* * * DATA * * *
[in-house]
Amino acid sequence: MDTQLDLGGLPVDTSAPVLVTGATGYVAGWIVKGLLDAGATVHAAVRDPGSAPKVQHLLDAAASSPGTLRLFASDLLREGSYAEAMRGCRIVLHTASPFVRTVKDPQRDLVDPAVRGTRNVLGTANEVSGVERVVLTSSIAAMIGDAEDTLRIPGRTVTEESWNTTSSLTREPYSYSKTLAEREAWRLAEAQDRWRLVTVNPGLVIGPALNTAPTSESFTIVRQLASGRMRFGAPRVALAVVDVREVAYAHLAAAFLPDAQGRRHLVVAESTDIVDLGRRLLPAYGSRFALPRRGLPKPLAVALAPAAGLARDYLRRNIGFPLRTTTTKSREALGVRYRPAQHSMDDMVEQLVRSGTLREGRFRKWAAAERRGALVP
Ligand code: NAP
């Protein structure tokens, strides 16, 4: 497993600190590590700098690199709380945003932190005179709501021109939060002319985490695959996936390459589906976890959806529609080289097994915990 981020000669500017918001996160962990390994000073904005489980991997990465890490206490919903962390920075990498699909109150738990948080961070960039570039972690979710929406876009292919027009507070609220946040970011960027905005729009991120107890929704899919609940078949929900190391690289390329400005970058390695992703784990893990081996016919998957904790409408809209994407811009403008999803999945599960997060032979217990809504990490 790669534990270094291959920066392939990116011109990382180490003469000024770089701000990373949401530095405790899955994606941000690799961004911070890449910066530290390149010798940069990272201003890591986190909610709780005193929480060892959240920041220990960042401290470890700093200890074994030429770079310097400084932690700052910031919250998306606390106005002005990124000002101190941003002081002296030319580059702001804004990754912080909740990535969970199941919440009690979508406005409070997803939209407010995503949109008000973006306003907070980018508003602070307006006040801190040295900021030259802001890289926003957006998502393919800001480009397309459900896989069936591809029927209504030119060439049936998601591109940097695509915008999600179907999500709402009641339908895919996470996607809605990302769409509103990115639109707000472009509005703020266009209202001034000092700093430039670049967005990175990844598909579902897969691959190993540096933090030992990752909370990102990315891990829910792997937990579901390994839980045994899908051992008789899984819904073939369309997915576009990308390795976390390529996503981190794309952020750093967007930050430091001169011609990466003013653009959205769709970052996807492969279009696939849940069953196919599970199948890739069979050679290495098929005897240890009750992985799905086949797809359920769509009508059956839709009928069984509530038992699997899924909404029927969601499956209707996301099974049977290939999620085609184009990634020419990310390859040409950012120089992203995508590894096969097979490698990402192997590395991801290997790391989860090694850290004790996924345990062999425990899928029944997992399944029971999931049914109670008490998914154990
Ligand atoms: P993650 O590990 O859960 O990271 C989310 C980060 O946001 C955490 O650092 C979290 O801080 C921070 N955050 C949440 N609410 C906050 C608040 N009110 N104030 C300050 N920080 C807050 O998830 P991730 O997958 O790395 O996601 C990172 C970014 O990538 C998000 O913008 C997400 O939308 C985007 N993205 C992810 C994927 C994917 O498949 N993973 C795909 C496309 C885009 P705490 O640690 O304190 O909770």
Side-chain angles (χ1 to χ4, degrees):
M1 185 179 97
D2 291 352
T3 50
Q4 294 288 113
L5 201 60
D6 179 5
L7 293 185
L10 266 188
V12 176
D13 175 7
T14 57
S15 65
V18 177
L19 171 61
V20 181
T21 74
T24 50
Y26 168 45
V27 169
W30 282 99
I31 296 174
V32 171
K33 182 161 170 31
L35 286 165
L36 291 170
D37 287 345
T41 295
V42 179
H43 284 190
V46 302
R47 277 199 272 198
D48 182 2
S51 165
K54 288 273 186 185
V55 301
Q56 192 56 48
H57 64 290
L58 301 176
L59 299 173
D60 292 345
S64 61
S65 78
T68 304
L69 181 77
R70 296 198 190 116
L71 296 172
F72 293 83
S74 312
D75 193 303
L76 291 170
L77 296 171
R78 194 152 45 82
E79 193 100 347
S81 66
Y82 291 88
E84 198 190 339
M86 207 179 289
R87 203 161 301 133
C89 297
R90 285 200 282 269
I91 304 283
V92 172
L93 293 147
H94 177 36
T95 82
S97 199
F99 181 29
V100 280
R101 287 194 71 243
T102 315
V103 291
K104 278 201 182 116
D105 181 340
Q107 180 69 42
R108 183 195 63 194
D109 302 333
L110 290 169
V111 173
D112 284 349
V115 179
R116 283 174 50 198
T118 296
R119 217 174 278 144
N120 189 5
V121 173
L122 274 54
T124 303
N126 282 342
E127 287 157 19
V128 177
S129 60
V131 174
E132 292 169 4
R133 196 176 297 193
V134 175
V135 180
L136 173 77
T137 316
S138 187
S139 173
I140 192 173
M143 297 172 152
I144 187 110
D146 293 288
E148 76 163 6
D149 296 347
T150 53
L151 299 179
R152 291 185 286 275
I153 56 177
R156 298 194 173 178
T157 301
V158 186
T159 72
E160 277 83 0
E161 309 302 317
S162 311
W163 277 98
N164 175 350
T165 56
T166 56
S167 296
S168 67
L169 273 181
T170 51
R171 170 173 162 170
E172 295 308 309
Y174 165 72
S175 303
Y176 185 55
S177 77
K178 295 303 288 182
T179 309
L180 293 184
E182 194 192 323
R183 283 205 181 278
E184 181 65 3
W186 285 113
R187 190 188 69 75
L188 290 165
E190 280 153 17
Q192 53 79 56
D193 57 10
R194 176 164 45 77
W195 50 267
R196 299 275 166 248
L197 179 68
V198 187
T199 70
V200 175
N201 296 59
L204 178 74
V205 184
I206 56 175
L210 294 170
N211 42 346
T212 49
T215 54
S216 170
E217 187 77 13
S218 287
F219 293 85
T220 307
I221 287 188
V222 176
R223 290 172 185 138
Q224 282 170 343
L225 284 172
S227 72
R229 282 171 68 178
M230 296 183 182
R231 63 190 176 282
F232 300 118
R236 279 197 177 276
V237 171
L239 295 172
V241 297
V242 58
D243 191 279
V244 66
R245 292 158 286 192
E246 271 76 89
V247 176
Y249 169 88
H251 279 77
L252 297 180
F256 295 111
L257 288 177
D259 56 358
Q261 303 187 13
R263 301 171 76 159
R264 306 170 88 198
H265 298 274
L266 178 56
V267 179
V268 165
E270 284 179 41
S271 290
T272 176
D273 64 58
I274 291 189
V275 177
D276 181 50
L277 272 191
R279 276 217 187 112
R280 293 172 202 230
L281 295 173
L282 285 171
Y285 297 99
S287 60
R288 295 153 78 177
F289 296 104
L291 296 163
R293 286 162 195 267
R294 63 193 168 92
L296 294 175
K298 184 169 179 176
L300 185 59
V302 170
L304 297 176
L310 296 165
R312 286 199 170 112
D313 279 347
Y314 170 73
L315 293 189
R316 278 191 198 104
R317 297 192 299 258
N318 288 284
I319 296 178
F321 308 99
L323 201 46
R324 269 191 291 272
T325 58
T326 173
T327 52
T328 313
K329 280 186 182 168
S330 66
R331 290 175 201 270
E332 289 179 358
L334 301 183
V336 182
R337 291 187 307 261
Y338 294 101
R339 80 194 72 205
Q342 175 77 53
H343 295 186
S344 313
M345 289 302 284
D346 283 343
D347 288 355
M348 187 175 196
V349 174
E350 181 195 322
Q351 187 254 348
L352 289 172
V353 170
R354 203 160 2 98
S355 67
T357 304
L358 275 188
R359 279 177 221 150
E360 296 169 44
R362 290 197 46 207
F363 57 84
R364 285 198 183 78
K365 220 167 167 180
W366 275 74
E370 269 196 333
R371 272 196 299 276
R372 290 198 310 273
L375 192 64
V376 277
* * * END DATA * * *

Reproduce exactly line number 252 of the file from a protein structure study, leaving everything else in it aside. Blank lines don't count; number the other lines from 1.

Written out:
Q342 175 77 53